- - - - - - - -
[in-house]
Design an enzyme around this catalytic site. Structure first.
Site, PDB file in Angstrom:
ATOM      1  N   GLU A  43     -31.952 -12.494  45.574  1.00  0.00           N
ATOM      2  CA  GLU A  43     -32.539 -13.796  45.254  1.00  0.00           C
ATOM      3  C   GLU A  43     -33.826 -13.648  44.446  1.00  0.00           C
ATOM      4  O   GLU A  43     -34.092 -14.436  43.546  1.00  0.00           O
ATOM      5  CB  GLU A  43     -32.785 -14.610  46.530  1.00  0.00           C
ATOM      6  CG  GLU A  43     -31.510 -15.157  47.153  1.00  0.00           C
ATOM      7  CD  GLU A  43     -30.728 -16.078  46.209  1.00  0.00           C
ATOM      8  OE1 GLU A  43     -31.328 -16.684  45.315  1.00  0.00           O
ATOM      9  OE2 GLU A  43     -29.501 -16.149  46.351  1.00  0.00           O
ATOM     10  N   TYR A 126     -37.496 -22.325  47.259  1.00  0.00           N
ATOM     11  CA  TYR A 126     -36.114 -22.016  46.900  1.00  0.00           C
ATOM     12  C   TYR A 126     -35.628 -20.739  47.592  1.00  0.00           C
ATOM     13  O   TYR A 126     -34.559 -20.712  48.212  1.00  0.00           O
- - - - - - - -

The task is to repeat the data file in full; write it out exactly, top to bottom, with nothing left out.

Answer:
[in-house]
Design an enzyme around this catalytic site. Structure first.
Site, PDB file in Angstrom:
ATOM      1  N   GLU A  43     -31.952 -12.494  45.574  1.00  0.00           N
ATOM      2  CA  GLU A  43     -32.539 -13.796  45.254  1.00  0.00           C
ATOM      3  C   GLU A  43     -33.826 -13.648  44.446  1.00  0.00           C
ATOM      4  O   GLU A  43     -34.092 -14.436  43.546  1.00  0.00           O
ATOM      5  CB  GLU A  43     -32.785 -14.610  46.530  1.00  0.00           C
ATOM      6  CG  GLU A  43     -31.510 -15.157  47.153  1.00  0.00           C
ATOM      7  CD  GLU A  43     -30.728 -16.078  46.209  1.00  0.00           C
ATOM      8  OE1 GLU A  43     -31.328 -16.684  45.315  1.00  0.00           O
ATOM      9  OE2 GLU A  43     -29.501 -16.149  46.351  1.00  0.00           O
ATOM     10  N   TYR A 126     -37.496 -22.325  47.259  1.00  0.00           N
ATOM     11  CA  TYR A 126     -36.114 -22.016  46.900  1.00  0.00           C
ATOM     12  C   TYR A 126     -35.628 -20.739  47.592  1.00  0.00           C
ATOM     13  O   TYR A 126     -34.559 -20.712  48.212  1.00  0.00           O